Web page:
Independent team finds final vehicle inspections carried out by non-authorised personnel
Nissan suspends all car production in Japan amid scandal
Nissan Motor said it will suspend all local car production for Japan from today as the company’s fallout from a lapse in vehicle quality inspection worsens.
Nissan made the announcement in a statement distributed at its head office in Yokohama Thursday. A third-party team found that some plants transferred final vehicle inspection check items from the final vehicle inspection line to other lines, and as a result employees who were not internally registered as final vehicle inspectors performed final vehicle inspections, Nissan said.
Nissan is calling back 1.16 million cars made and sold in Japan between January 2014 and September 2017 for inspection, after the government found uncertified inspectors approved vehicle quality at its domestic plants. The incident, likely to cost the company US$222 million, has become the first big test for the chief executiveHiroto Saikawa, who took over the top job from Carlos Ghosn in April.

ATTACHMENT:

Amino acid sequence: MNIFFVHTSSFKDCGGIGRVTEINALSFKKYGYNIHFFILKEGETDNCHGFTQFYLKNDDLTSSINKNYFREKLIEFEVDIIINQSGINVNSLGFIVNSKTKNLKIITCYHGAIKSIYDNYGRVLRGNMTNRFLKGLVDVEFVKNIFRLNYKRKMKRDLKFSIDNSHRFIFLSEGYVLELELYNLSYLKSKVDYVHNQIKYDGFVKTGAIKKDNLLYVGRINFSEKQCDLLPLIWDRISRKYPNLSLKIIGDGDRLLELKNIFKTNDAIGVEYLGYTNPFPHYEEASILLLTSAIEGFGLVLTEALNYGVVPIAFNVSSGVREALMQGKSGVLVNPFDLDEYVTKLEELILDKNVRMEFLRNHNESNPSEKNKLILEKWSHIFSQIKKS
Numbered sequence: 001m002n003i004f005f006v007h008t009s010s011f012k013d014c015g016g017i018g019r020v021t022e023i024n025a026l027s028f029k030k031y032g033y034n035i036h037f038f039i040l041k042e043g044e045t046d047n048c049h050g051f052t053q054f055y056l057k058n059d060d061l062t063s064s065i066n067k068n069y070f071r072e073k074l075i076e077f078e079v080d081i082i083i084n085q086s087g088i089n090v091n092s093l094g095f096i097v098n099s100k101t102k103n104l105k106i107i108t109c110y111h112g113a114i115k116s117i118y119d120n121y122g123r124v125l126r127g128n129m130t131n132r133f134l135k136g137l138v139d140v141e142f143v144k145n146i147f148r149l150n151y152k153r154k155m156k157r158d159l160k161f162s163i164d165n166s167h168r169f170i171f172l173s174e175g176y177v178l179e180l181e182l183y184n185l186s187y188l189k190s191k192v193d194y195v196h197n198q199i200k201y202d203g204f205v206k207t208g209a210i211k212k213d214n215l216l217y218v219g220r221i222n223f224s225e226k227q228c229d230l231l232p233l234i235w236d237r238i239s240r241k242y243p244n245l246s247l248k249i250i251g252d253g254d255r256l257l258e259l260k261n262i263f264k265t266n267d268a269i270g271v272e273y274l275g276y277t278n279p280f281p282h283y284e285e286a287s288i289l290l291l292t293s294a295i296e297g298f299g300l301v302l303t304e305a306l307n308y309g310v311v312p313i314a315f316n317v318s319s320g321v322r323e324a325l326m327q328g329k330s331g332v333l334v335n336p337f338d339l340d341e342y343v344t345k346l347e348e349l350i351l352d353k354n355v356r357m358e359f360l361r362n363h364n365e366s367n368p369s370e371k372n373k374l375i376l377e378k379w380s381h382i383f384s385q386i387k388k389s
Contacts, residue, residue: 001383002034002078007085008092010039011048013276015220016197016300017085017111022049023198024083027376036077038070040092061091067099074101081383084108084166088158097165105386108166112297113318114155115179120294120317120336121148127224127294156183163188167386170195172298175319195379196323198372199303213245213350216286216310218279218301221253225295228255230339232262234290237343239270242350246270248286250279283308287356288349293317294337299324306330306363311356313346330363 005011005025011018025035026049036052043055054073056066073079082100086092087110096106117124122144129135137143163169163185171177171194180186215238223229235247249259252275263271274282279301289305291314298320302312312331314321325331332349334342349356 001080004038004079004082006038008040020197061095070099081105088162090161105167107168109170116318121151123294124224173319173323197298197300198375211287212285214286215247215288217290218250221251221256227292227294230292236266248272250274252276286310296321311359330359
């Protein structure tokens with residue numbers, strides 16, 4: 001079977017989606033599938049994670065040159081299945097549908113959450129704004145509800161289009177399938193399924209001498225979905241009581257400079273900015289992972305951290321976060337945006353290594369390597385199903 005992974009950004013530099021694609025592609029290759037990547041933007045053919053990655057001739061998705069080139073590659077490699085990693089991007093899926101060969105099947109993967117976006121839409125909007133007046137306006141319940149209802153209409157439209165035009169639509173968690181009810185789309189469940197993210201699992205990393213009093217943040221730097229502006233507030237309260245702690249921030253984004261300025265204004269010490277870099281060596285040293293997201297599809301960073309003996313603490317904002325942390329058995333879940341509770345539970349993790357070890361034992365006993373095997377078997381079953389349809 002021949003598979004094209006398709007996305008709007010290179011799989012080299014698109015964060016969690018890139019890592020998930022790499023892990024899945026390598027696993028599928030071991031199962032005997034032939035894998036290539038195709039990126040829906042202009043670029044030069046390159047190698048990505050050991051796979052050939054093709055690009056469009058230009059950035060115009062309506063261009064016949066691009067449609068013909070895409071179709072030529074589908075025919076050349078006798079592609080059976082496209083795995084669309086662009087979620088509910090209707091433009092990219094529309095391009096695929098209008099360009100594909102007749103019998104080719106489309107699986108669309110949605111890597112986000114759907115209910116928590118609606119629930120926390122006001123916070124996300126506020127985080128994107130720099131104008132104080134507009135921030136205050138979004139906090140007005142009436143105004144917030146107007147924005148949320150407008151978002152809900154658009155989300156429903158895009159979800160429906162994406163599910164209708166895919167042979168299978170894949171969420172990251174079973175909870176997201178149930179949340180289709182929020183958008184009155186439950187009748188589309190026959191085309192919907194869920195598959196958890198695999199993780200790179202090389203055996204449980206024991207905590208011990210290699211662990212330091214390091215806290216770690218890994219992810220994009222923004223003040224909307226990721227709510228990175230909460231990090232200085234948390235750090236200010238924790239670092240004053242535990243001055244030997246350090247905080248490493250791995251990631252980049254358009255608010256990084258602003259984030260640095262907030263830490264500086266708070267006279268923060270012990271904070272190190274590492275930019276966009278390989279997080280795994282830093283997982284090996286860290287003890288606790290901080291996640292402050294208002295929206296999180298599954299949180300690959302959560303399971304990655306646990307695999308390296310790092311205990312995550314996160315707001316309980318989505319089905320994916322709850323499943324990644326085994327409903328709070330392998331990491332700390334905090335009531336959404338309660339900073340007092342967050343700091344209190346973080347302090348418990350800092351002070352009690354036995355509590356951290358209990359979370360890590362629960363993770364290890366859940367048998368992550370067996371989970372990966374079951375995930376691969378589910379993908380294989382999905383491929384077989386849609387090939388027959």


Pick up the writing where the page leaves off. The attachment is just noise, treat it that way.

Mr Saikawa said on October 2 he will personally investigate to get to the bottom of the issue before deciding who should bear responsibility for the “shocking” lapse.
Nissan said this month there have been instances of unauthorised inspectors, who usually work under the supervision of a certified inspector, working alone and stamping final inspection paperwork. There were also multiple copies of such stamps used for paperwork for vehicles for the Japanese market, it said.
Vehicles exported from Japan are not involved in the recall as the certificate is a Japan-specific requirement by the ministry, Nissan has said.
After the initial revelation, uncertified workers continued to perform some of the duties on some 3,800 vehicles at the Shonan plant of Nissan Shatai, a Nissan affiliate. Shipping of cars from the unit was suspended starting Oct. 11 before resuming Oct. 16, according to a Nissan spokesman.